The Children’s Department gets an extreme makeover too. More natural light, and a bit of reconfiguring of shelves, enlivens that important area. Giant porthole windows will enable kids to look out over the Great Hall.

Small windows in the children’s section — where shelves now line the wall — will give way to large porthole windows. The Robert Lambdin mural will be moved elsewhere (as will the River of Names tile project, now downstairs). (Photo/Lynn U. Miller)

The price tag for all this is $19.5 million. The town of Westport provides a quarter of the funding. The other three-quarters comes from individual, foundation and corporate donations (including a $1 million state grant).

The library has raised all but $4 million of what’s needed. Bridge financing is already in place.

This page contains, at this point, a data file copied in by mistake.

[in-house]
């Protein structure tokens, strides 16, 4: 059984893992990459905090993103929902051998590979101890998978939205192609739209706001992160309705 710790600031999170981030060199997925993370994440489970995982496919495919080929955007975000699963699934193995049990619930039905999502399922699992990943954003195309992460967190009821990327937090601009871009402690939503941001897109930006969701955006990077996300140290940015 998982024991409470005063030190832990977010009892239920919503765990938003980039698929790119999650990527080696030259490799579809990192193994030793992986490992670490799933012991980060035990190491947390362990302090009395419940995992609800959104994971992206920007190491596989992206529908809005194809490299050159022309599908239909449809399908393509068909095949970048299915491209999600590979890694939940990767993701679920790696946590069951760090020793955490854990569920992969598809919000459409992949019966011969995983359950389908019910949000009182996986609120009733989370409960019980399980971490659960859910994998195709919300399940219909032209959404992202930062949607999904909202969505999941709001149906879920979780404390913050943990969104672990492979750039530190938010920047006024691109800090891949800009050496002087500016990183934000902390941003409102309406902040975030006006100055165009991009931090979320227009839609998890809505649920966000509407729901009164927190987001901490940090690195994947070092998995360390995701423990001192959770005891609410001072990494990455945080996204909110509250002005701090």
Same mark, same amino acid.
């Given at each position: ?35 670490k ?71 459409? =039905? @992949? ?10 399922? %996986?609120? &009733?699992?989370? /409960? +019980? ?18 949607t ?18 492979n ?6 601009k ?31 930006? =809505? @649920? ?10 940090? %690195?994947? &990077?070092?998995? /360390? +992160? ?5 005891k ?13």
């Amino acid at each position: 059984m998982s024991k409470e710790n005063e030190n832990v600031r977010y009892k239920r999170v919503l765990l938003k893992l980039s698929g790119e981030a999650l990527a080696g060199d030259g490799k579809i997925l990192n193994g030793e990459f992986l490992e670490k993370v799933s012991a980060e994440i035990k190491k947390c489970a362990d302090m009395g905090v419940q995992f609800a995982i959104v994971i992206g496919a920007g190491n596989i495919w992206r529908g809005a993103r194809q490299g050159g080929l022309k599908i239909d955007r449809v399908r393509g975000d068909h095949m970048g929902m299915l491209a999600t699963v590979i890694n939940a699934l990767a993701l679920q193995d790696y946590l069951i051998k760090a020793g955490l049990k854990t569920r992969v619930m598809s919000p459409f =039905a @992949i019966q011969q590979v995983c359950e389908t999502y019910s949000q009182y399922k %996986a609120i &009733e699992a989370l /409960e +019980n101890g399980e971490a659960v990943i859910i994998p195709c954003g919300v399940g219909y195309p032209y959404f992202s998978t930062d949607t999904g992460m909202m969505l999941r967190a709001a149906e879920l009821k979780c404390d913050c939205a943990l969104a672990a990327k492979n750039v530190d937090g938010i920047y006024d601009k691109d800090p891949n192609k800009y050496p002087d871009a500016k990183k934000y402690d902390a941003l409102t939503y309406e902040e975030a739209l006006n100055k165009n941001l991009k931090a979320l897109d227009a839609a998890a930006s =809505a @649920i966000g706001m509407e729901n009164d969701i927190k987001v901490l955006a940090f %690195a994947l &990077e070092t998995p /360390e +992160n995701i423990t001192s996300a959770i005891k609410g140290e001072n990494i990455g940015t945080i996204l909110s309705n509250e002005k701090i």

The Westport Library sits on some of Westport’s most beautiful — and valuable — real estate.

It’s also one of our town’s most used — and valuable — resources.

Less than 2 years from now, the library will be “transformed.”

The project will transform more than the building, and Jesup Green around it.

It will transform all of downtown.

And all of us, too.

Right now, a few areas of the library work well. Views from the children’s department, and the 1st floor Sheffer and magazine reading rooms, will be retained. (Photo/Lynn U. Miller)

(To learn more about the Westport Library transformation project, click here.)

Pic Of The Day #62

Seasonal plantings at Town Hall. (Photo/Larry Untermeyer)

Pic Of The Day #61

Last night’s opening of the Yankee Doodle Fair (Drone photo/Ryan Collins)

What A Dump!

Exactly one week ago, an alert “06880” reader sent me this photo of Parker Harding Plaza:

It shows another side of Westport’s Entitled Driver Syndrome: Someone who for whatever reason can’t be bothered to go to the transfer station, or post on Craigslist. (Note the 2 “Notice” signs nearby, explaining proper dumpage.)